Many countries around the globe have culinary traditions designed to bring good luck in the New Year. In Spain, revelers consume one grape for every stroke of the clock at midnight; in Italy it’s customary to eat sausages and green lentils after midnight; in Cuba, roast pork is said to bring good fortune, and in the Southern United States black-eyed peas are believed to bring good luck especially in the form of Hoppin’ John, a West-African inspired stew of black eyed peas and rice flavored with pork. The beans are said to represent coins while the pork is a symbol of optimism since pigs forage forward through the earth in search of food and never look back!
Since we’re pretty big fans of Southern cuisine at Chez Miskew we decided to make Hoppin’ John. Steve took the lead and found and prepared this fabulous recipe from Chef Stephen Stryjewski published in Garden & Gun Magazine (gotta love a man in the kitchen!). Stryjewski is a CIA graduate who’s been a driving force behind the reawakening of the New Orlean’s food scene. In 2011 he received the James Beard Foundation’s award for “Best Chef: South” and is presently Chef and co-owner (along with partner and Executive Chef Donald Link) of New Orleans’ award-winning restaurant Cochon. In 2014 Stryjewski’s achieved another culinary coup, his latest endeavor Pêche Seafood Grill won the James Beard Foundation’s coveted “Best New Restaurant” designation, the first New Orleans establishment ever to receive this honor.
Despite Stryjewski’s lofty pedigree this recipe is pretty down to earth and easy to make and the results are definitely worth every ounce of effort! The tasty black-eyes peas soften as they absorb the delicious flavor of the Tasso ham, vegetables, and herbs. Tasso is a spicy and flavorful smoked ham seasoned with cayenne pepper, garlic, sugar, salt and paprika that’s a specialty of Louisiana cuisine. In the event you can’t find Tasso ham, you can purchase it through D’Artagnan by clicking here or ham hocks or shanks will also work nicely.
The end result is a hearty dish of earthy, savory peas and long grain rice studded with salty bits of ham and bacon. It’s perfect for bringing good luck in the New Year or as a hearty, delicious meal any other day this Winter. As for wine, an earthy Pinot Noir from either Burgundy or the New World will pair nicely with this dish (to view a selection of these wines from The Wine Atelier, please click here).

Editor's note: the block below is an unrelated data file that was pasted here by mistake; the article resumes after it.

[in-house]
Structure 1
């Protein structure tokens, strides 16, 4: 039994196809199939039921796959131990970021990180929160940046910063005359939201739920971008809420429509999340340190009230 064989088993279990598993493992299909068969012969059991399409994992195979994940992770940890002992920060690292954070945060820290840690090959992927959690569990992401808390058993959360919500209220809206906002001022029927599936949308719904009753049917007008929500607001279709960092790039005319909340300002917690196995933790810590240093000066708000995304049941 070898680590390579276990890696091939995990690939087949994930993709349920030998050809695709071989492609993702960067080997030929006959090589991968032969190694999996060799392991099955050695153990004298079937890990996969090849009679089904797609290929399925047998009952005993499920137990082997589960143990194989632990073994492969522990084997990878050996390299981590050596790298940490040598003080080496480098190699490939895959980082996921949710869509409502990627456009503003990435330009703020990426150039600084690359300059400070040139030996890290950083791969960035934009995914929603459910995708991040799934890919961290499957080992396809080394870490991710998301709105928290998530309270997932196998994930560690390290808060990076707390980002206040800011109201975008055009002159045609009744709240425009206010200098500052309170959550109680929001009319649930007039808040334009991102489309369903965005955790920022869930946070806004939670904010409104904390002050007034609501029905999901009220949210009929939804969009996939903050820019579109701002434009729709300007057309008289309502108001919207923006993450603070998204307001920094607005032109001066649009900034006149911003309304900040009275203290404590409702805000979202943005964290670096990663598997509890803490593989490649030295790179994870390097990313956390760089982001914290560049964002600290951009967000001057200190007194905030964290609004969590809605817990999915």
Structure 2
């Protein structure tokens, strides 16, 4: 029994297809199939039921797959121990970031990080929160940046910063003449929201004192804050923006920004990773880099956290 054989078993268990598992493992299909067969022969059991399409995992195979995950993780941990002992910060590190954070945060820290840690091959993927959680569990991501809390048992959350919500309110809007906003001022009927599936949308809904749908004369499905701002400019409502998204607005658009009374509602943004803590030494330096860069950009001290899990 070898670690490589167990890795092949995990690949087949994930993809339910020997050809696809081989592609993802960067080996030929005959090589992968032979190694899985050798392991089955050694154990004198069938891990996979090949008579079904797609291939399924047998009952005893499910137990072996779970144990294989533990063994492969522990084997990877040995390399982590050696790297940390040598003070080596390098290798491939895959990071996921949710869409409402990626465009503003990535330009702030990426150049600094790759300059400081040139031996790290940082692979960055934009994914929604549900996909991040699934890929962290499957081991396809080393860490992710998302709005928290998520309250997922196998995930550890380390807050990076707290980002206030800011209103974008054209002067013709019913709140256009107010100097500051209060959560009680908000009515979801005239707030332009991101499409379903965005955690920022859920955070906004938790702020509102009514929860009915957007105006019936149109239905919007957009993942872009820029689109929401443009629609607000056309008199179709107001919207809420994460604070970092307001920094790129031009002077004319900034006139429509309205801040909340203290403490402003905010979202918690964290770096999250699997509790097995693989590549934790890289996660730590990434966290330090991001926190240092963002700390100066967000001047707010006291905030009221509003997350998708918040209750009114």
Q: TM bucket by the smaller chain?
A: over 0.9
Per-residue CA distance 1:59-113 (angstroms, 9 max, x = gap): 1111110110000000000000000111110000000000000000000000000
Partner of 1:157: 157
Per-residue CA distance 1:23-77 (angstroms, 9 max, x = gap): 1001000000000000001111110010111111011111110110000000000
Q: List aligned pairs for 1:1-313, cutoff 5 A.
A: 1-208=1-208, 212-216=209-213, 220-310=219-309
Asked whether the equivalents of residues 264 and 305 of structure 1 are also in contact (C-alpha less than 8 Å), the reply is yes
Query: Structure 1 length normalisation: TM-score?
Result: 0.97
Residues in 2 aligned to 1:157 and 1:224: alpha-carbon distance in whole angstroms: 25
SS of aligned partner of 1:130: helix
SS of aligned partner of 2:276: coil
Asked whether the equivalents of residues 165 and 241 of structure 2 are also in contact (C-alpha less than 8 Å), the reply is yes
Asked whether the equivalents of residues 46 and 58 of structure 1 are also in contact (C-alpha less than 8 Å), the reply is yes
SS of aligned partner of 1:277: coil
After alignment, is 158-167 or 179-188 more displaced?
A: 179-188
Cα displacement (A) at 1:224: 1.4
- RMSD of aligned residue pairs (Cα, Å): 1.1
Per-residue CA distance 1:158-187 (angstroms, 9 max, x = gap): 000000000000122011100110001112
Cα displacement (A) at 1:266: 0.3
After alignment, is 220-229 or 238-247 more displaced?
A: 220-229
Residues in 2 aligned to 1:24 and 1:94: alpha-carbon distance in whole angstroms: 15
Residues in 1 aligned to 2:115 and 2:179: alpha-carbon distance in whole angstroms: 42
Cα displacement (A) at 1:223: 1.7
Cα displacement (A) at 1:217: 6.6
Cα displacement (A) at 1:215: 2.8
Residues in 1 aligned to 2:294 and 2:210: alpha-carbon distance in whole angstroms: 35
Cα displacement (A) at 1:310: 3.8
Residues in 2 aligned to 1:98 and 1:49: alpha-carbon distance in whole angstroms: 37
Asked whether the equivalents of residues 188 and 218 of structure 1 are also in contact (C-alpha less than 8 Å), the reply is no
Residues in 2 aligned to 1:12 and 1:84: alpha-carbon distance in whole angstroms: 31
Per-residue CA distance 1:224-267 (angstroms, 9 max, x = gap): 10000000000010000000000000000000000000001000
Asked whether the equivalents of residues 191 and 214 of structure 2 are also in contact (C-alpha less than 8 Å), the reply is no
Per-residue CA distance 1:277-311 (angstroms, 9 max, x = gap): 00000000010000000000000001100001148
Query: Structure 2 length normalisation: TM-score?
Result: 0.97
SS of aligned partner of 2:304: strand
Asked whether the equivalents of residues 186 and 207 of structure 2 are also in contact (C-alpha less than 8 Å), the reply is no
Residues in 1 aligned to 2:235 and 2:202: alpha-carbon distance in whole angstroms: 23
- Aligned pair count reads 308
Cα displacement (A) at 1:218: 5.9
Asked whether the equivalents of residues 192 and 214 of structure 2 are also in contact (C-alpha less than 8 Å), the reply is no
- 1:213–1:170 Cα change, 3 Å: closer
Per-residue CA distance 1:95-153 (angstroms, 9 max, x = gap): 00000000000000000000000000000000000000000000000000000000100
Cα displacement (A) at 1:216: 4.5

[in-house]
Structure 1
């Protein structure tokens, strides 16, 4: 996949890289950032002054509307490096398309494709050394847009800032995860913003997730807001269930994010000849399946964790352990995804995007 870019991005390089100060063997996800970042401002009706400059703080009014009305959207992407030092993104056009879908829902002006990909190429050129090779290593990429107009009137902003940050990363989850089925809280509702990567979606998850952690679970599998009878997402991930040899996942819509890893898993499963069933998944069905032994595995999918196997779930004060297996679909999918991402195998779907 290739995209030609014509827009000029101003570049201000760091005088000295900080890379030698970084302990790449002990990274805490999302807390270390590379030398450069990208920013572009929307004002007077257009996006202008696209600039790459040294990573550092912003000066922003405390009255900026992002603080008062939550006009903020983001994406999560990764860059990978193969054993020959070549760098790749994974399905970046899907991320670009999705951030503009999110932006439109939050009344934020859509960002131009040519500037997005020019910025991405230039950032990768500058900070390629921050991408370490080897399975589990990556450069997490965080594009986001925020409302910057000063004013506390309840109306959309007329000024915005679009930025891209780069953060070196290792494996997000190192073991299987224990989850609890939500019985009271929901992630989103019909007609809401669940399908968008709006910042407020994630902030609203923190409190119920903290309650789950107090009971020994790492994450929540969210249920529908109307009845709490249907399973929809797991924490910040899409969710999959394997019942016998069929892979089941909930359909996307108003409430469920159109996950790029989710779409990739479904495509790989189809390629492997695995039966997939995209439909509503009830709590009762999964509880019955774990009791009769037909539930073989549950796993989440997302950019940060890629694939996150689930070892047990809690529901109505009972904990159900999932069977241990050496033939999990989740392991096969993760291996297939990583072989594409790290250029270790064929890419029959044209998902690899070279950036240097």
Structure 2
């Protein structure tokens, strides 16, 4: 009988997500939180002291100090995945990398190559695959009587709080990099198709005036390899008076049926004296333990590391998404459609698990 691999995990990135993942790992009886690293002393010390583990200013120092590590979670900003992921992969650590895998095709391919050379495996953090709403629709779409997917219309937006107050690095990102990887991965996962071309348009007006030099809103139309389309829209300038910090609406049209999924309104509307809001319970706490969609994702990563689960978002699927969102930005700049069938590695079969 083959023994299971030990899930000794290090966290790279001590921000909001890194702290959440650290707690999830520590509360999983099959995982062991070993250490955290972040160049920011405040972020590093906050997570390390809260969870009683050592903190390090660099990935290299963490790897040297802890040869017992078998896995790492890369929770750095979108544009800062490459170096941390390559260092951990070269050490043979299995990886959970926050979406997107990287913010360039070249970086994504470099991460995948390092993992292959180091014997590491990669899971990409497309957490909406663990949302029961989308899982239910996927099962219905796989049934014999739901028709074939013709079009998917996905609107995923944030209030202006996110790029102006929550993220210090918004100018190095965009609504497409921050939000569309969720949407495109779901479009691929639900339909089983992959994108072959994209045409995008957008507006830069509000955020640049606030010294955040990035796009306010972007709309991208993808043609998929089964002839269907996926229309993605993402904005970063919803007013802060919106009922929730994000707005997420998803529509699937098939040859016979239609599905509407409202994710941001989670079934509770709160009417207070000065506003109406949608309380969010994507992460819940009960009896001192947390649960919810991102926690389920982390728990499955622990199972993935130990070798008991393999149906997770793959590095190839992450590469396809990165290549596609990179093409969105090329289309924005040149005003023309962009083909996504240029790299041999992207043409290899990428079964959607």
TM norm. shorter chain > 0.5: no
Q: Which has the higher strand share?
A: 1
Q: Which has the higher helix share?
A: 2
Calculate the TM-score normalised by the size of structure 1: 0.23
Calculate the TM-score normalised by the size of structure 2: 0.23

I hope you enjoy this delicious Hoppin’ John as much as we did! What’s your favorite New Year’s dish? Please let me know in the comment section below – I read all comments and would love to hear from you!
Happy New Year,
From Dec 2011/Jan 2012 Garden & Gun Magazine
INGREDIENTS (Stage 1)
1 lb. dried black-eyed peas, rinsed and picked over
¾ lb. Tasso ham, diced
1 onion, halved
3 cloves garlic
3 bay leaves
In a large Dutch oven or kettle, combine ingredients with 6 cups water. Bring to a boil, reduce the heat to medium-low, and simmer gently until beans are tender but not mushy, 2 to 2 ½ hours. Drain the black-eyed peas and ham, saving cooking liquid separately. Remove and discard the onion pieces, garlic, and bay leaves.
INGREDIENTS (Stage 2)
½ lb. bacon, diced
1 onion, diced
3 ribs celery, diced
1 bell pepper, diced
1 jalapeño, seeded and minced
½ tsp. fresh thyme
1 cup Cajun Grain rice (or a good-quality long grain rice)
6 green onions, sliced
½ bunch parsley, chopped
1 tsp. coarse salt
1 tsp. ground black pepper
Wipe out the pot and return to stove over moderately high heat. Add bacon and render until golden (8 to 10 minutes), then add the onion, celery, bell pepper, and jalapeño. Using a wooden spoon, stir occasion-ally, cooking until onions look translucent (8 to 12 minutes). Add the thyme and 2 ½ cups water, and bring to a boil. Lower heat, stir in the rice, cover, and simmer until the rice is tender, about 17 to 22 minutes.
Stir in the green onions, parsley, and black-eyed peas and ham, season with salt and pepper, and adjust the consistency with the reserved cooking liquid. The Hoppin’ John should be lushly moist but not soupy. Serves 6.